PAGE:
For the past 20 years or so feminism appears to have had two main goals. The first is for equal pay for the same work. The second is for more women to be in positions of power. A third stated aim to decrease the violence and sexual harassment is a third goal that shall not be examined here. The stated aim of feminism is for the advocacy of women on the basis of the equality of the sexes. Over the course of western history, women have been placed in an inferior position socially and economically to men. This has left them at a disadvantage. Feminists advocate therefore for more equality of the sexes in social and economic relations.

The underlying premise of feminism would seem to be that a more gender-equal society would be a more just society. If this is case, feminism in its current form will never result in situation in which society is meaningfully more just despite the equality of the sexes without changing the underlying economic system. The current capitalist economic system that pervades every part of our contemporary life means there will always be exploitation. Contemporary feminists’ aims to place more women in positions of power in political and corporate life means just trading the person holding the whip from a man to a woman.

The oppression and exploitation of women is a symptom of a much larger system of social and economic exploitation – Capitalism. One could treat the symptoms without ever curing the underlying disease. So while feminists fight for women to be on the same level as men in the workplace, at the end of the day, all groups, men, women, black, white, Asian, disabled and able bodied, gay, trans, and straight, all of us live in a system where we struggle to meet out an existence working for a cheque of exchange value at the end of the week or month, with which we can then spend on consumer goods we don’t even need to fill the gaping hole in ourselves where community and a sense of worth once existed. How’s that for a victim complex. We are all victims of a capitalist system.

We could consider also the historical example. Prior to WWII participation in the capitalist work place by women was very low. It was only at the outset of the war, when the men were shipped off to protect their local bourgeoisie from the overseas fascists that women were socially compelled to join the capitalist workplace, joining their male counterparts in the system of wage slavery. Before this they were one stepped removed from the alienating process of capitalist production. This is not to say this is good, or that they did not feel the effects. It just seems ironic that when we fast forward to today it is feminism clamouring to take an equal part in this exploitative system. Fundamentally, and I am probably wrong, but this is bad for both men and women in the long run. Equal pay in an unjust system is not the problem here, it’s the very premise of working in a system of wage slavery which is.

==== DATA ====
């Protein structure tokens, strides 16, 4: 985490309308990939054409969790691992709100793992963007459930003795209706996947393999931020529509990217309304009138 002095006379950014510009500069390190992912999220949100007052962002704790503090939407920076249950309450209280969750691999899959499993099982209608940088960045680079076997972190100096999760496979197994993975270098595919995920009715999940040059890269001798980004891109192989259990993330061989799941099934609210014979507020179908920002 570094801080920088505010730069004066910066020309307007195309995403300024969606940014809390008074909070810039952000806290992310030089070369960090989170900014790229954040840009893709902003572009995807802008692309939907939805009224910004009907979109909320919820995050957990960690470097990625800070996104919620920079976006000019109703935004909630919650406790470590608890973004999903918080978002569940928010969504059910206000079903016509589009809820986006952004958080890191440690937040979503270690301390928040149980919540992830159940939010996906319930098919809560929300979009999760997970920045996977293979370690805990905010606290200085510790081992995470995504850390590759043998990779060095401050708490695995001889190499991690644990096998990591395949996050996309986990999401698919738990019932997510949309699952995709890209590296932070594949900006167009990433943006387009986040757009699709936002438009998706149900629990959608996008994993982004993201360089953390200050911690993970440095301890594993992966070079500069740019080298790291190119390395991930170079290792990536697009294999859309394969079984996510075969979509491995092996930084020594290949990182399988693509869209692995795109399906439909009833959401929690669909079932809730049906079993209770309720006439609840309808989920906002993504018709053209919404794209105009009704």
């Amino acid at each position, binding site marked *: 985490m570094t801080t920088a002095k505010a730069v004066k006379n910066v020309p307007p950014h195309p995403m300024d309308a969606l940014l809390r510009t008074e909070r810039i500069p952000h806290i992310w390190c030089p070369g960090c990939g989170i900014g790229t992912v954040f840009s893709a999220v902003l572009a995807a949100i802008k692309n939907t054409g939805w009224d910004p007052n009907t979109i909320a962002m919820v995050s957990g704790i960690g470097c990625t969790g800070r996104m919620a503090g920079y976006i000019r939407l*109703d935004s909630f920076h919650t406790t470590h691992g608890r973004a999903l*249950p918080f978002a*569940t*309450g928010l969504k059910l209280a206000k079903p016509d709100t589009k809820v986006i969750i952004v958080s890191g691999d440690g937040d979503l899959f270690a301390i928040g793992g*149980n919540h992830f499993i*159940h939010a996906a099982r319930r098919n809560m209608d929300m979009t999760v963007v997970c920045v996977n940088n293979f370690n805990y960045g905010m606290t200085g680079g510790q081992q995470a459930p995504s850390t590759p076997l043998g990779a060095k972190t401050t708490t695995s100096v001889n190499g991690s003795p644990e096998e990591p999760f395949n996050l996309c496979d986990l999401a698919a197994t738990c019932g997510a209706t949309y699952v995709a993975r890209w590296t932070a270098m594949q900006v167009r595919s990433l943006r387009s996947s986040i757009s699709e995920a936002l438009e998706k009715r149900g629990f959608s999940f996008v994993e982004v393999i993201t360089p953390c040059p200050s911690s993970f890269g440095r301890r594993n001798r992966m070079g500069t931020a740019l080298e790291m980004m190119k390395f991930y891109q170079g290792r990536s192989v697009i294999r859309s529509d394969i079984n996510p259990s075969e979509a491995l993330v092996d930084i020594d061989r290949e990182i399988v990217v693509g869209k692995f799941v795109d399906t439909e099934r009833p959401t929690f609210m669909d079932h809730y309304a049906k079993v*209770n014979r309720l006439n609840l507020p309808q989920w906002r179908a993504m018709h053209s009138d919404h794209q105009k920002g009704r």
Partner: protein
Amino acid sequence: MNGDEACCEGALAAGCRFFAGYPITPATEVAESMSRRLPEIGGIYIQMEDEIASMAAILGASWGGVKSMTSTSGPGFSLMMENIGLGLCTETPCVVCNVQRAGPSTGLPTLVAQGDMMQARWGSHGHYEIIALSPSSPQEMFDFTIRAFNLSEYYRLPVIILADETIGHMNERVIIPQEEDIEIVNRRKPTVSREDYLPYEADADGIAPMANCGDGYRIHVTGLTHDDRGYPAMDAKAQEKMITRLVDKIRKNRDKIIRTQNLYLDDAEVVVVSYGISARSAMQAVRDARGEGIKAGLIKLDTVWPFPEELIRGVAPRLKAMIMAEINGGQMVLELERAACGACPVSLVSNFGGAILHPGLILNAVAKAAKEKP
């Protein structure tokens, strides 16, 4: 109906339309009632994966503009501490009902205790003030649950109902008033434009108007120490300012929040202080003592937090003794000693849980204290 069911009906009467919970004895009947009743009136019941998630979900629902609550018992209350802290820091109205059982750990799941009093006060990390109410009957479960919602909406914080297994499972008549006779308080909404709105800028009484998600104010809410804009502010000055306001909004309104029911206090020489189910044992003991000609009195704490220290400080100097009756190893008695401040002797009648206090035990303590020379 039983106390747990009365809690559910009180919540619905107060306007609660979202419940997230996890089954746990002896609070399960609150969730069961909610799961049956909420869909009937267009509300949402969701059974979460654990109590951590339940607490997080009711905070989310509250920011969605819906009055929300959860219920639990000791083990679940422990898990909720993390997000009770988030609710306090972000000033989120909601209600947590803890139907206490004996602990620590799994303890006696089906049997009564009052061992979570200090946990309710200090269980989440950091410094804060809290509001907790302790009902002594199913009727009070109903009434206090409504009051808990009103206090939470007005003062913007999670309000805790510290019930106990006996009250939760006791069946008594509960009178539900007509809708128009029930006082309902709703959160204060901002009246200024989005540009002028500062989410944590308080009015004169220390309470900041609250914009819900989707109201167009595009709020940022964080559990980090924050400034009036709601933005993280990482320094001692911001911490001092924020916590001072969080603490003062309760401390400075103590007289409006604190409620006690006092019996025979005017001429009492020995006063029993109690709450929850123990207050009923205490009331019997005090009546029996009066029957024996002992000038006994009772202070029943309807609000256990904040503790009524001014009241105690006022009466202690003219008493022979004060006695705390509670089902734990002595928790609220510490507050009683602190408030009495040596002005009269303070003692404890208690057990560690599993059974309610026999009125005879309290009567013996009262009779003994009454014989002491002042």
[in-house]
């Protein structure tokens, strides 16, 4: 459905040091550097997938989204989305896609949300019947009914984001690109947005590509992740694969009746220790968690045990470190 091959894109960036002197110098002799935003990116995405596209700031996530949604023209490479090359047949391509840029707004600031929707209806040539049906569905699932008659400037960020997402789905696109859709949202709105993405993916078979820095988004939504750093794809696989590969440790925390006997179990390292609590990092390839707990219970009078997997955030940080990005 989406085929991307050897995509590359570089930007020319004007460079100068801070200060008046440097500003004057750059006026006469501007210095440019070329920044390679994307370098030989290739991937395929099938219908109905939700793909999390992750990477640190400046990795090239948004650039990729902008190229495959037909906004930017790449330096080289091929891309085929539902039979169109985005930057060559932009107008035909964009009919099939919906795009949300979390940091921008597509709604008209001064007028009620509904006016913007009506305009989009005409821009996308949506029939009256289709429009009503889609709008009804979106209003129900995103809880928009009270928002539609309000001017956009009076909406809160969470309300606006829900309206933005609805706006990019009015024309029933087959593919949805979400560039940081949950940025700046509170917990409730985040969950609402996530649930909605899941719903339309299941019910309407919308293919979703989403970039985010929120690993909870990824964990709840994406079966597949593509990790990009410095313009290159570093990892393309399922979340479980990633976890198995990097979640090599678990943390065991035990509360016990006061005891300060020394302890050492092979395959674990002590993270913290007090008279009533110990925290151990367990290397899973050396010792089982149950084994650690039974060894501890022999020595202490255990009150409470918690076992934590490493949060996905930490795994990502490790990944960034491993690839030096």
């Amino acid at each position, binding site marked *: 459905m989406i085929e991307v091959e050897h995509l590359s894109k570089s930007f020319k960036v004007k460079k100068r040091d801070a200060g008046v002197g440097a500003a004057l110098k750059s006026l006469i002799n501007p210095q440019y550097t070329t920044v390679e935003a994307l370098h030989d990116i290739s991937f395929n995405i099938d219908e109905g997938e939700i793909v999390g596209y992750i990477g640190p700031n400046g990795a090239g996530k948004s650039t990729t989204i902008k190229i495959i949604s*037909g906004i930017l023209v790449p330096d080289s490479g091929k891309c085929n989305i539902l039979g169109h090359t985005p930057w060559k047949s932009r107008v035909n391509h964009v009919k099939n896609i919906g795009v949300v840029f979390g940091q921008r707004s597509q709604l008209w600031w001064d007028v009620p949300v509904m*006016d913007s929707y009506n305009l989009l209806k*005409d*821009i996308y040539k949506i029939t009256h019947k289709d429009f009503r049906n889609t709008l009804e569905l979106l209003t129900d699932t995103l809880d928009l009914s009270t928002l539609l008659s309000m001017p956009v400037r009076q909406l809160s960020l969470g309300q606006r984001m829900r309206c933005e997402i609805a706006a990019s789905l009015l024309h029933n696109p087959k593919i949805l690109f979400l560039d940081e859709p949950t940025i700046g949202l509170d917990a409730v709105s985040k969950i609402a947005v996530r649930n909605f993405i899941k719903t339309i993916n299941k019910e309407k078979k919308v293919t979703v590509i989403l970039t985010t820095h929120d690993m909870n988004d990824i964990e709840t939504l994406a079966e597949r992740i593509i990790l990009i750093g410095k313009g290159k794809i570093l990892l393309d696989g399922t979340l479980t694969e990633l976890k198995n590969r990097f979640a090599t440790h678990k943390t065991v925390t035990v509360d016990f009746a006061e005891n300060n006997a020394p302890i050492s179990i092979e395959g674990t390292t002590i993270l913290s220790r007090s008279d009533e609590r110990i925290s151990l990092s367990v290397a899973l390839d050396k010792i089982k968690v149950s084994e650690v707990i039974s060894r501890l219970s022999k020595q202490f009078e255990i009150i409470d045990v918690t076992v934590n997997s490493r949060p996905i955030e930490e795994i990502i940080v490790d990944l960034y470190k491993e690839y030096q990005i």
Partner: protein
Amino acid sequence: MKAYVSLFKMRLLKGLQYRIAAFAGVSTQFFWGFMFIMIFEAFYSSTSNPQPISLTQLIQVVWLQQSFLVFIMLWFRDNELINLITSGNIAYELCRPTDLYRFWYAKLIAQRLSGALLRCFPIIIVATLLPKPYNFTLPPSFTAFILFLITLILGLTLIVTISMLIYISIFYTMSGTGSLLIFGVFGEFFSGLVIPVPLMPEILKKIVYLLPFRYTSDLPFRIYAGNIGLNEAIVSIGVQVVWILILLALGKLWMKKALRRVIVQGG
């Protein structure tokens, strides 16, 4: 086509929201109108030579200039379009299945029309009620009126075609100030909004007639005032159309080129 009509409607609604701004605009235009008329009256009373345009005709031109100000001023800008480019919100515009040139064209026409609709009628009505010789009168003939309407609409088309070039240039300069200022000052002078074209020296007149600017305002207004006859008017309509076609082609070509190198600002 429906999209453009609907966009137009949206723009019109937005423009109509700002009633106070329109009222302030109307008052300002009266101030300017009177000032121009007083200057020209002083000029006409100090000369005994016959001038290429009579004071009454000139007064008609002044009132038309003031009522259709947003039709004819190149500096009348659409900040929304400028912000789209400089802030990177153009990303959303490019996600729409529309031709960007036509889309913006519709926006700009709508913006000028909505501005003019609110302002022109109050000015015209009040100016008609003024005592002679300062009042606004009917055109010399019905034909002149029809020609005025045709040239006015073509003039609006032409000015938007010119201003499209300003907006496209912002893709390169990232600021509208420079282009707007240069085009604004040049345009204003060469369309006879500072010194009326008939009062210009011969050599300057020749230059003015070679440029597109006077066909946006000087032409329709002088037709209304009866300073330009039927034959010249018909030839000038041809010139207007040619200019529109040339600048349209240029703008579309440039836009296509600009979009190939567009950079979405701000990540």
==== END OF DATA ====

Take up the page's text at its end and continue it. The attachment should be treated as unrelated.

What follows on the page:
Feminism relies heavily upon Marxism for its theoretical basis. Where Marxists claim it’s the bourgeoisie who oppress workers, feminists claim it is the patriarchy that oppress women and is responsible for many of the world’s injustices. The lazy socialist within me sees the feminist claim not as accurate as the traditional Marxist one. Patriarchy theory isn’t about individuals, it’s about classes, groups. Men and women. Two classes organised into a hierarchy according to sex, with the male group above the female group. Men assumed to be deserving of more control, agency, political power, freedom, and deference than women, as a group. The traditional Marxist on the other hand claims, more accurately I believe, that the world is ordered according to classes and groups, those who own the means of production and those who don’t, it just so happens that those at the top are men. Underlying this structure is the material historicism which claims that change is effected by the conflict between these two classes. Replacing the bourgeoisie with women, I believe, will do nothing to solve the world’s ills.

Lilliane Bettencourt for example is the 11th richest person in the world and the world’s richest women. Thus, it is her who is responsible in large part for the exploitation of workers who mine the minerals used in L’Oréal’s products, and the disgusting animal testing that takes place, all so other women can buy products to make themselves feel beautiful. Gina Rinehart is another immensely wealthy billionaire women who commands immense power. Her lobbying in Australian politics has contributed to slashing of state budgets to help the most vulnerable, all the while receiving huge tax breaks. That isn’t the patriarchy doing this, is just capitalist exploitation.